What are the types of co-ownership of land?
If one person owns land or property, he or she is the sole legal owner. If two or more people own land or property they are co-owners. Where there is co-ownership of land, each legal owner simultaneously enjoys the rights and responsibilities of property ownership.
Types of co-ownership
There are two forms of co-ownership in law: joint tenancy and tenancy in common. ‘Tenancy’ in this context is not to be confused with ‘tenancy’ in the context of leases.
Under a joint tenancy, the co-owners each own the whole estate. There are two distinct characteristics of a joint tenancy:
- The right of survivorship.
- There cannot be a joint tenancy unless the ‘four unities’ are present.
The right of survivorship means that under a joint tenancy, no co-owner (‘joint tenant’) can dispose of their interest in the land under their will when they die, because they do not have a divisible share. When a joint tenant dies, the survivor/s automatically inherit the whole of the property. Likewise, one joint tenant cannot sell a ‘half share’ in the property as they do not own a divisible share to sell.
If the property is sold, the co-owners are entitled to an equal share of the sale proceeds – regardless of how much money they have actually put into the property.
The four unities
This is simply what the law requires to show that the co-ownership is a joint tenancy in law. These are:
- Unity of possession: ie. there is no physical division of the land separating each joint tenant’s share and there must be no restriction on the co-owners use of all the land.
- Unity of interest: ie. the interests of the co-owners must be identical.
- Unity of time: the interest of all the owners should have been created at the same time.
- Unity of title: all the co-owners should have acquired the legal and beneficial interest in the land at the same time through the same way (or by adverse possession, ie. squatting).
Tenancy in common
Where there is a tenancy in common, each tenant in common owns a separate, identifiable share in the property. They can sell or transfer their share during their lifetime, and they can leave their share to a third party under the terms of their will.
A typical scenario where a tenancy in common will be preferred is where the parties pay different amounts towards the purchase price. If a couple, for instance, buy a property costing £300,000 and the parties contribute £30,000 and £150,000 respectively (with a mortgage advance for the balance), it would be considered fair for the couple to own the property as tenants in common. The transfer deed (or a separate trust document) would show their respective shares to reflect those shares put into the property (1:5). If, for example, the property is sold – the parties may then take their share of the sale price proportionately to reflect their respective contribution.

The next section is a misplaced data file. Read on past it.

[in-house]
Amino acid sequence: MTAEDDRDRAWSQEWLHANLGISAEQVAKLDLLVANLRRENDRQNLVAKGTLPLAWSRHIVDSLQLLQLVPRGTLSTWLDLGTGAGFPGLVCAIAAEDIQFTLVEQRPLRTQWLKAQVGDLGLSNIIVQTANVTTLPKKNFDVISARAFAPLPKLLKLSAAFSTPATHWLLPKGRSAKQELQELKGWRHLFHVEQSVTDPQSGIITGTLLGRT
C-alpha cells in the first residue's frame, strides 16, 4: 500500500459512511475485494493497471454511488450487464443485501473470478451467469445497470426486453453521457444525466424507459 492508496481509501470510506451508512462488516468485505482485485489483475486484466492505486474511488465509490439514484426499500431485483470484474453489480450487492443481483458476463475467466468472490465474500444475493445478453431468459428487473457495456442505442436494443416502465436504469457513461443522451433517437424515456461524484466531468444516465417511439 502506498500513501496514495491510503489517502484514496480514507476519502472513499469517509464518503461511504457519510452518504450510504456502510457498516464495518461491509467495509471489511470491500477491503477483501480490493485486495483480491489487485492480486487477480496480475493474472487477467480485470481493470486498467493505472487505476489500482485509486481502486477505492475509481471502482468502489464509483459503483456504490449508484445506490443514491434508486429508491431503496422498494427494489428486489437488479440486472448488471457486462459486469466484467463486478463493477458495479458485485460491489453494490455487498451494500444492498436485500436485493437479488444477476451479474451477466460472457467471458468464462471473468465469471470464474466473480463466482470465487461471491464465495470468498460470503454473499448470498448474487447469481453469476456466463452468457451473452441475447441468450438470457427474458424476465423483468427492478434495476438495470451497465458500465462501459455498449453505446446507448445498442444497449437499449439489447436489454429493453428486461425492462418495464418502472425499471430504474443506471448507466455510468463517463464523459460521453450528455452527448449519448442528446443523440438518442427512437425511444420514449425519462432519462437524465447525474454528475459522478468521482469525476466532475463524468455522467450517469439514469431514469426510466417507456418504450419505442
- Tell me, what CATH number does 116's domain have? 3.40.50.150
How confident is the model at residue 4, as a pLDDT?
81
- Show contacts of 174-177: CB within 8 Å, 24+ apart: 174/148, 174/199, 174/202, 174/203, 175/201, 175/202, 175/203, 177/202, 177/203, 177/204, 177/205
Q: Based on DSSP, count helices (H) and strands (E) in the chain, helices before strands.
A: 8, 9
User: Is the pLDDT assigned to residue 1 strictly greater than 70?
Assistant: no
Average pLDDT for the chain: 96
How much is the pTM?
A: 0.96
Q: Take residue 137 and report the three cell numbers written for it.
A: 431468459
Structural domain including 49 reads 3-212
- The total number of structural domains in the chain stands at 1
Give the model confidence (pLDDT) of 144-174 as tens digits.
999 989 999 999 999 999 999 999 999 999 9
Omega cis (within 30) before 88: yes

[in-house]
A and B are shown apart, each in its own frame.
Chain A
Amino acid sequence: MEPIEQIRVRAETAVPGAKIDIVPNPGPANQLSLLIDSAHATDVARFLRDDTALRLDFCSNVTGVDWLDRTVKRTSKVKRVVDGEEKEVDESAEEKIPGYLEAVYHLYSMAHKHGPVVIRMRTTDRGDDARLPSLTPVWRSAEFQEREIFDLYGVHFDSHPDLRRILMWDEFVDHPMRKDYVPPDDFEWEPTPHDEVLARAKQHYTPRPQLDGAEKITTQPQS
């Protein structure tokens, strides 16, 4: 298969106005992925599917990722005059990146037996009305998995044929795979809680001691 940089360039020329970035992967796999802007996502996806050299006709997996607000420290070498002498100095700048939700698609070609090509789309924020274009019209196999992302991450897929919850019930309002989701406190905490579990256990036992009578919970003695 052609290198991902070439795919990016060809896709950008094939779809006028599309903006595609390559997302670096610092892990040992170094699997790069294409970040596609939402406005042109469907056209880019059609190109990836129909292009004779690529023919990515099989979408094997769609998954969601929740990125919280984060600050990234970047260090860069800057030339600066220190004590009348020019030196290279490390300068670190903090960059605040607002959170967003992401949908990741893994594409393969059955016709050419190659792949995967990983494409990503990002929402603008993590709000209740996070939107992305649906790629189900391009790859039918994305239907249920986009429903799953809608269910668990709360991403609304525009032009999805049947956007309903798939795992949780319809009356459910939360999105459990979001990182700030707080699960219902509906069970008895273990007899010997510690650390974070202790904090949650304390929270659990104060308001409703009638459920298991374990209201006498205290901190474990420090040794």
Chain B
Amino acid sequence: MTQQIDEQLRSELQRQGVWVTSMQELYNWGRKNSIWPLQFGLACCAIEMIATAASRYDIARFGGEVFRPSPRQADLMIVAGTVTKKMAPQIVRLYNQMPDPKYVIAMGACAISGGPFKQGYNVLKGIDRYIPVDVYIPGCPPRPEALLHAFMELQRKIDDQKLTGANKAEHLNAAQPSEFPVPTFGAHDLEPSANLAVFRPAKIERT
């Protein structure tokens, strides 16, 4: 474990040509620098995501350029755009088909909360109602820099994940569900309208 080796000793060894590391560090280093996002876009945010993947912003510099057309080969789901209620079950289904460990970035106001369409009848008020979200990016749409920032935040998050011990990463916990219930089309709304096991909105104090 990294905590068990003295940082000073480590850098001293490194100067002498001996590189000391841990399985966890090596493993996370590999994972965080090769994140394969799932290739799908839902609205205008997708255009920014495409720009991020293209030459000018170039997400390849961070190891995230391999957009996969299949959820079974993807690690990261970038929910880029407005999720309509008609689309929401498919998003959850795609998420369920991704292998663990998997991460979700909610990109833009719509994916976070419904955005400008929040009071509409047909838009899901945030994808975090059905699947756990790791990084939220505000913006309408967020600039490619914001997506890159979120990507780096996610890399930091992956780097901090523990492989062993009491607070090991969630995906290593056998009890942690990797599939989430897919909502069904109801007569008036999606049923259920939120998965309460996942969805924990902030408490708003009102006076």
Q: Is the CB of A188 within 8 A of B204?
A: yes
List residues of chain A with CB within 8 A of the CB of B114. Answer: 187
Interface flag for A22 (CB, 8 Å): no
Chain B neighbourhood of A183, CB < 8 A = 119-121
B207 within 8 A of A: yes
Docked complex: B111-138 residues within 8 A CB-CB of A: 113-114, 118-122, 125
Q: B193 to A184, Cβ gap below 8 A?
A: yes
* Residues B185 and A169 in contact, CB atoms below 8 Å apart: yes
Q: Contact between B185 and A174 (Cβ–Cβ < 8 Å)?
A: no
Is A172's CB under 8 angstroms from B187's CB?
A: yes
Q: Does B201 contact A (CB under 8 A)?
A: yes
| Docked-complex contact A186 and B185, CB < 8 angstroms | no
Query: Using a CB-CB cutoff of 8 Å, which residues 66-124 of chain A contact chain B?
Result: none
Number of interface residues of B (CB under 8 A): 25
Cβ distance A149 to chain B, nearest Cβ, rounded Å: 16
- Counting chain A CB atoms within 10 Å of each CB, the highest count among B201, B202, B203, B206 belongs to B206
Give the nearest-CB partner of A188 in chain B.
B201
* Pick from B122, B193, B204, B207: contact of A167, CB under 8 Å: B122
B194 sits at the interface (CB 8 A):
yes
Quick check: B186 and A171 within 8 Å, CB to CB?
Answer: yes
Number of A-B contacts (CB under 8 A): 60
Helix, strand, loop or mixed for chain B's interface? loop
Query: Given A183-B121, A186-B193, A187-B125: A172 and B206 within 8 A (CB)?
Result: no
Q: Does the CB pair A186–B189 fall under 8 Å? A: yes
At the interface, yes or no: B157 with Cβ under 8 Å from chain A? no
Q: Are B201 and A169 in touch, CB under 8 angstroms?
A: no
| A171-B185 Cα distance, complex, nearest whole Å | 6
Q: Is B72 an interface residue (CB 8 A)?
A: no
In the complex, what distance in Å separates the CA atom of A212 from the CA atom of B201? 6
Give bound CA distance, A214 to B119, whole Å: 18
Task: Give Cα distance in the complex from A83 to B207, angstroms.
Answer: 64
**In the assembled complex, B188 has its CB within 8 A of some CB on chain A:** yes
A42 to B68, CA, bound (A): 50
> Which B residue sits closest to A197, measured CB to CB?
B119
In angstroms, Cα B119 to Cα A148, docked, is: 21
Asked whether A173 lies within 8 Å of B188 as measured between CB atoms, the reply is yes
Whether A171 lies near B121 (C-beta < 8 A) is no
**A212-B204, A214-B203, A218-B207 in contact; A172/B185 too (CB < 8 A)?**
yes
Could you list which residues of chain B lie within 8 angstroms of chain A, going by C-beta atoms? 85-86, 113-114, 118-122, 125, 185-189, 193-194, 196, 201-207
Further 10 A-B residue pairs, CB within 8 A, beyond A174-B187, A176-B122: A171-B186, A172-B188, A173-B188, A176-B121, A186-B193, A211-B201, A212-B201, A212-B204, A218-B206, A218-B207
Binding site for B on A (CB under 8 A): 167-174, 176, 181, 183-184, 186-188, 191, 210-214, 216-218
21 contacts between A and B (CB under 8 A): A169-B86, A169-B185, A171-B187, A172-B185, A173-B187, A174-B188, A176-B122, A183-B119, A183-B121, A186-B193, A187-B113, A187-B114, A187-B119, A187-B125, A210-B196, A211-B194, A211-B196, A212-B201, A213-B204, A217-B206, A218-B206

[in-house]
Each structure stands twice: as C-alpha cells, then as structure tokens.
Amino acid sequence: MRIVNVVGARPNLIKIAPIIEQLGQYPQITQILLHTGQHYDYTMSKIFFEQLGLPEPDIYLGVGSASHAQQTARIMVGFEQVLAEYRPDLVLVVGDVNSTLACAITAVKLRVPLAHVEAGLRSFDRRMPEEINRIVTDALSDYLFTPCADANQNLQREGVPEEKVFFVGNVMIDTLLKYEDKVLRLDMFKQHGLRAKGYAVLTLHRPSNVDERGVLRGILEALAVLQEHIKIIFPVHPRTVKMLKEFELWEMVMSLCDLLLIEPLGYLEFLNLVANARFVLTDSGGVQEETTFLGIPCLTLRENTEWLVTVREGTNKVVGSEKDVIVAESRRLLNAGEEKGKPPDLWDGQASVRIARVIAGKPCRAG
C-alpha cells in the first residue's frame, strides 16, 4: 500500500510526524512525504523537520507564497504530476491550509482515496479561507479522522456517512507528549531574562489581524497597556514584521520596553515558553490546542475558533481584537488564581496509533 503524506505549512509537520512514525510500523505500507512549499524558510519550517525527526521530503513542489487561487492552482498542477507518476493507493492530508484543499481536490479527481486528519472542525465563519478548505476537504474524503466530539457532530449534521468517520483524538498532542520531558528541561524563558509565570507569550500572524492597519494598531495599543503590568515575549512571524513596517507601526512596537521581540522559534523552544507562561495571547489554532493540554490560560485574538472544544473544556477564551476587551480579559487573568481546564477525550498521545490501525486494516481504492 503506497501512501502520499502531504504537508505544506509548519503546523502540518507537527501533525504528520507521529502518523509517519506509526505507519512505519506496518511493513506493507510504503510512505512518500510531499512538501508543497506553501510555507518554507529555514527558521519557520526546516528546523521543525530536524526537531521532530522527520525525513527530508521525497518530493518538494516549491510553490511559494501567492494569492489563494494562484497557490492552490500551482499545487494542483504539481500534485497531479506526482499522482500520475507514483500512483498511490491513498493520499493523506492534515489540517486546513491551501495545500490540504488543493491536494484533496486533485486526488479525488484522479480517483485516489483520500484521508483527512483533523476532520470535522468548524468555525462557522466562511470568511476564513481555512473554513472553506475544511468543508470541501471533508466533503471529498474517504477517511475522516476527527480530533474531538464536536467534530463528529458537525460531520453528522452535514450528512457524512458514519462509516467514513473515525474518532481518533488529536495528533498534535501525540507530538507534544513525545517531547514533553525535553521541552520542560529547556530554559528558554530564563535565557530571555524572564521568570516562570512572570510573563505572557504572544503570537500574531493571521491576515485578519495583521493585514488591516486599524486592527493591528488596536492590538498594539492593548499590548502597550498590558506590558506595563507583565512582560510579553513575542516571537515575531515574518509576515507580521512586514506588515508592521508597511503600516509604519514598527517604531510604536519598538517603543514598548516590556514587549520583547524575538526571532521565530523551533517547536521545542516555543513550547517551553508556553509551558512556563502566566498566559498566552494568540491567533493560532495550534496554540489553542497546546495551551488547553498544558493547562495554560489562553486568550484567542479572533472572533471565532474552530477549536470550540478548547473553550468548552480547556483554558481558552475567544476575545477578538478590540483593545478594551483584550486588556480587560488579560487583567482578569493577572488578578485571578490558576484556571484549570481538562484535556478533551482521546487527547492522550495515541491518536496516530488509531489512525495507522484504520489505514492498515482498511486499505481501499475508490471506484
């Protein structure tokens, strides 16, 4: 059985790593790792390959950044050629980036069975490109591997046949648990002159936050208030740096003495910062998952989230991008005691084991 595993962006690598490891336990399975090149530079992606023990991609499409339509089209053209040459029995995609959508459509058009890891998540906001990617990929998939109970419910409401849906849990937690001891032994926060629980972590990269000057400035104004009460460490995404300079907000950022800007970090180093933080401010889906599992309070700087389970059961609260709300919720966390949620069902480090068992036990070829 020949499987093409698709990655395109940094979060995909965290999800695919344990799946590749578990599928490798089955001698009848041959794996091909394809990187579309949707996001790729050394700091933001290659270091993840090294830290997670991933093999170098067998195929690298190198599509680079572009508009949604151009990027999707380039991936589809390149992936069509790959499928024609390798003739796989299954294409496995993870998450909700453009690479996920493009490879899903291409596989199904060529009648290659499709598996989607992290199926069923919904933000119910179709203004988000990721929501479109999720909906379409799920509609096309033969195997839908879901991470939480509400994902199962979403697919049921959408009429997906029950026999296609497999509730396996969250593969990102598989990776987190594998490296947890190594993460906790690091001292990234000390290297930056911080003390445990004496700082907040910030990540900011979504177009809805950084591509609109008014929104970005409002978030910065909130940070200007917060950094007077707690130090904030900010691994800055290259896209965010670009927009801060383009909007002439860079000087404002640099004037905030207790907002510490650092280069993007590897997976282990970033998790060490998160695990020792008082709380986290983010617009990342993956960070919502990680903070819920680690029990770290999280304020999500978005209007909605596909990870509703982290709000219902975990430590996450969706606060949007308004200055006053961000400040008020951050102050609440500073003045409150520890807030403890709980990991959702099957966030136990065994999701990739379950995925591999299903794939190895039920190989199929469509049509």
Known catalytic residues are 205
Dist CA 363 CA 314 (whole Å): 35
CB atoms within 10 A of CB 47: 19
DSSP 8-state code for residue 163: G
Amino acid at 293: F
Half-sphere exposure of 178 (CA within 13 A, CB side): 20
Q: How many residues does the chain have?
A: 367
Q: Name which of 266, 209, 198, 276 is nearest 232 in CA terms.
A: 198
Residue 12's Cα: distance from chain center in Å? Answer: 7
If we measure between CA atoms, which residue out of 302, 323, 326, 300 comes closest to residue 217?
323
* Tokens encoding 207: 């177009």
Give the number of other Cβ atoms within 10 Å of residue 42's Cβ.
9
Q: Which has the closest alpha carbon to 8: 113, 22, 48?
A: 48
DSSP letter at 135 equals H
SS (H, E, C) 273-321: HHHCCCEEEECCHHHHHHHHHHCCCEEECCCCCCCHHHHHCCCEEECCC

This relates only to the beneficial interests. The legal interest (estate) is always co-owned under a legal joint tenancy. This means all co-owners have a legal right to occupation and use of the land as is the case with a beneficial joint tenancy. They are effectively trustees of the property holding the property on trust for themselves and all other co-owners. However, please note that an individual must be at least 18 years old to be a legal owner of land and property.
What is overreaching?
Overreaching is where two or more trustees (joint tenants) decide to sell the land – but there are beneficial interests in the property. So long as the purchase money is paid to at least two trustees, the purchaser of the land will receive the land free from any of the beneficiary’s beneficial interest – such as money vested in the property.
Severing a joint tenancy
A joint tenancy can be ‘severed’, converting it into a tenancy in common. Specific events automatically sever a joint tenancy:
Divorce: a joint tenancy is severed by Divorce Absolute. This means the two parties then each own a share of the property and they can dispose of it as they wish (subject to a court order in financial remedy proceedings).
Bankruptcy: a joint tenancy is automatically severed when a joint tenant is made the subject of a bankruptcy order. This serves as a form of protection for the other co-owners.
A joint tenancy can also be ‘severed’ unilaterally. One co-owner can serve a written notice on the other/s informing them that they are severing the joint tenancy. No reasons need to be given. This would be typical in the case of marriage or relationship breakdown, and one of the parties wishes to protect their ‘share’ in the property, without waiting for the decree absolute to automatically sever the joint tenancy. Ideally, a copy of the notice of severance should be sent to the Land Registry so that a note is placed on the registered title.
If you have any legal issue in relation to co-ownership of your property, take specialist advice from expert property solicitors.